The Emerald Light in the Air

Free The Emerald Light in the Air by Donald Antrim

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Authors: Donald Antrim
couples supposed to laugh together? Sniffling, he said, “What do I know? I’m sorry.”
    â€œDon’t apologize,” she said, and whispered, consolingly, “It’s all right. It’s all right.” Then she confided, “I wear a beret.”
    â€œNo, you don’t.”
    â€œYes, I do.”
    When they kissed, the metallic taste that he remembered from the bench by the Hudson, and which he’d found himself worrying over up in his room, was gone. Maybe it had been neutralized by the fish. They set their plates on the floor beneath the window. He’d expected her to be nervous with him—at what point might she leap up and end the evening with some excuse or other?—and this made him vigilant and clumsy as he unbuttoned her blouse and felt behind her back for the hooks fastening her bra. She helped him with the hooks and her shirt’s bottom buttons, and she raised her arms, allowing him to unwrap her. He grabbed her hand and one of her ankles, twisting her toward him. She clutched his shirt, yanked its tail from his pants, fiercely untucking him. Behind her was the big window with its skyline view. What would it be like to come home to that?
    They got up on the bed, on the pillows, and could hear Siegfried and Brunhilda snapping at the food they’d left on their plates. It was obscene, he thought, this noisy feline licking, and yet he feared that getting up and clearing the plates to the sink might be interpreted as an act of antiseptic fastidiousness, explicitly anti-sexual. He pinned her shoulders to the mattress and leaned down to bite her nipple. Though he did not yet know her body, what pressures to apply, where to linger and for how long, he managed, in spite of his worry that she would find him awkward, to hold her in a way that felt—this was something he sensed—soothing to them both. That said, it was true that she, too, passed through moments of dread. It had always been this way with her. Her heart raced, her skin got a prickly feeling, and she was forced to concentrate on breathing deeply.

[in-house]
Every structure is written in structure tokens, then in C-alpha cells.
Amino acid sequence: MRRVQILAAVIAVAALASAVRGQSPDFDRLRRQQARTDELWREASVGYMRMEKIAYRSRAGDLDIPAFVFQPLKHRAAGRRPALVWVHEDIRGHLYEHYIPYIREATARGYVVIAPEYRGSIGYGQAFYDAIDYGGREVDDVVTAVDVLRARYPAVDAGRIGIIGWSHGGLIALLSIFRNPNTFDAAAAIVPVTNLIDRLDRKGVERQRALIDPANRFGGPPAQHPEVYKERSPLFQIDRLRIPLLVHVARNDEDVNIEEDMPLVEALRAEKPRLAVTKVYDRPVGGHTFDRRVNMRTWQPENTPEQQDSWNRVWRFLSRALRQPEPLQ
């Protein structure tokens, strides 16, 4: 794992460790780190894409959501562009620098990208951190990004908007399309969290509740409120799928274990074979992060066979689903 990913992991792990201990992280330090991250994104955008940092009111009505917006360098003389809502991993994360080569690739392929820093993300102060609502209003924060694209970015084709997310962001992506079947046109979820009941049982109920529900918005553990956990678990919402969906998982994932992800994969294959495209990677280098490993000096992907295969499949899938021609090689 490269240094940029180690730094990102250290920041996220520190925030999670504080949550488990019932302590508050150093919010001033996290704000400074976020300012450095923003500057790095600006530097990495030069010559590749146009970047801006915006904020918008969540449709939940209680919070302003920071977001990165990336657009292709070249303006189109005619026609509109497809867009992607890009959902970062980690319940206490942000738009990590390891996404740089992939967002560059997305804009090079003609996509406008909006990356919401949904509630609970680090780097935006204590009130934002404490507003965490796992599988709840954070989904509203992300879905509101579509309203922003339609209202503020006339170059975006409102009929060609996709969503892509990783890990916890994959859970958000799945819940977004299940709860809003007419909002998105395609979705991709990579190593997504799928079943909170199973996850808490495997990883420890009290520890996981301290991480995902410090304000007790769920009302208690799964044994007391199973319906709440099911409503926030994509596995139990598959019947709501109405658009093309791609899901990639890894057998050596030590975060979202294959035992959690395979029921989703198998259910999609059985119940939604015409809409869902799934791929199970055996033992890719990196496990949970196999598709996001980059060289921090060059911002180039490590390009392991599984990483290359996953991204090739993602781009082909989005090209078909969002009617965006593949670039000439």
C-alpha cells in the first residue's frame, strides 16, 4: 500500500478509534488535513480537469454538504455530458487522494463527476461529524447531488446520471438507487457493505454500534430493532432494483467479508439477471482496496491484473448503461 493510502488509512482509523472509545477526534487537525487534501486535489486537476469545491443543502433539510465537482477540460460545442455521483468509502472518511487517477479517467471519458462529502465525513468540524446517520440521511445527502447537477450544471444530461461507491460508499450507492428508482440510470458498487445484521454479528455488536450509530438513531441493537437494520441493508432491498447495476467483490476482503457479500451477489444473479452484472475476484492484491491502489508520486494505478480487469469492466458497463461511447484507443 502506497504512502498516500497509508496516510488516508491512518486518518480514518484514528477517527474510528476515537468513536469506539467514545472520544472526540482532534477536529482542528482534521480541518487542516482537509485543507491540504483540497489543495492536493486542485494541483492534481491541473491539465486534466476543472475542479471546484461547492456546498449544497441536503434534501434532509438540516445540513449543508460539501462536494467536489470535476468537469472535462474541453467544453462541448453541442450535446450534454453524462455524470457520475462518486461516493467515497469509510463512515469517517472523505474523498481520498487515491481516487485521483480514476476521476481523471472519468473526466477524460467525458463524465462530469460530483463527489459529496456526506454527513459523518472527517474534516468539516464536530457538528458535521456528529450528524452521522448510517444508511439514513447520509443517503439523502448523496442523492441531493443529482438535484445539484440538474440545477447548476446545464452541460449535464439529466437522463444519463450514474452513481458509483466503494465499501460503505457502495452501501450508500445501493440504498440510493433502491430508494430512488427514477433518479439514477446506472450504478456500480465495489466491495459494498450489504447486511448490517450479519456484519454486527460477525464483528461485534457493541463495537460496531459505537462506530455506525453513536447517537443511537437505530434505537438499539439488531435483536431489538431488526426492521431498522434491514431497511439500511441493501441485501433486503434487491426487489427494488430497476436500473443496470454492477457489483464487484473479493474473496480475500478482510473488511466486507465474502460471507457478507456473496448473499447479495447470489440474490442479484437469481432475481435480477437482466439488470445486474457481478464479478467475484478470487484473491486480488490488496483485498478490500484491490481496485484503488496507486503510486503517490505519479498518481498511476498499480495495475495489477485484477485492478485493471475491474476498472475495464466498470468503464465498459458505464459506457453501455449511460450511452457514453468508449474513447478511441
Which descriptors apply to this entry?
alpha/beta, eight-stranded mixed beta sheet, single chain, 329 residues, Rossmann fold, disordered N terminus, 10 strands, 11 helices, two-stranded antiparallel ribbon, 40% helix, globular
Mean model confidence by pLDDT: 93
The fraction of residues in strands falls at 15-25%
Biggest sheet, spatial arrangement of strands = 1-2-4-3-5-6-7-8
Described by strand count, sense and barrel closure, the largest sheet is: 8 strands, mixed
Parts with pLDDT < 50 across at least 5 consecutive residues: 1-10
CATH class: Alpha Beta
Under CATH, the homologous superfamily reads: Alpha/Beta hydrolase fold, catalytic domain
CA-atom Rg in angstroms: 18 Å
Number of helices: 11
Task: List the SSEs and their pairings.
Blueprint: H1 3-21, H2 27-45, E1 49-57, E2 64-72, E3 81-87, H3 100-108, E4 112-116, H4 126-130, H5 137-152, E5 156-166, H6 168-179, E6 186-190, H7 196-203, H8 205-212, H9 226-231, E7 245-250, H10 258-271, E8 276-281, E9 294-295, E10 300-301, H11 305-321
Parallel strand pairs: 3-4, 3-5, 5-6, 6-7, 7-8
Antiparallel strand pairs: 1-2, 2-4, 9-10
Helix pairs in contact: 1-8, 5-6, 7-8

Right before he pulled out and came, he looked down and caught her gazing out the window at the Empire State. He brushed her hair off her forehead, lowered his mouth to her ear, and whispered, “Are you with me, Jennifer? Are you there? Are you there, Jennifer?” This got her attention. His quiet murmuring so turned them on that it immediately became repertoire, their version of “Fuck me, fuck me.”
    Afterward, she told Christopher some, but not all, of the truth of her childhood. She was afraid, though without having a clear idea why, that if she confessed too much, if she reported in full her memories of her father coming drunk into her room at night, she’d lose him. He’d sat in his underwear in a chair beside her bed, her father had, or, she said to Christopher, sometimes right on the bed, and he’d told her again and again how he loved her, and how he wished the two of them could pack their things, right this minute, and drive away together to some remote place where she’d never hear vicious fighting from the other side of the door. It would be simple. But she had to choose. Would she come with him? her father had asked her, before leaning in close and putting his arms around her neck and weeping. She would always remember the smell of his breath when he’d been drinking.
    Christopher listened politely, then, sighing—his turn, once again, to show her that he could face up to his own history—confided in a whisper that he had never been anything but a goddamn disappointment to his family, and that no matter how hard he’d tried, he’d never escaped or really even understood his role as a clown, as a fool, but that he’d finally made up his mind that it didn’t matter, that their opinion of him wasn’t going to bother him forever. She asked him, then, whether they drank, his parents, and he,

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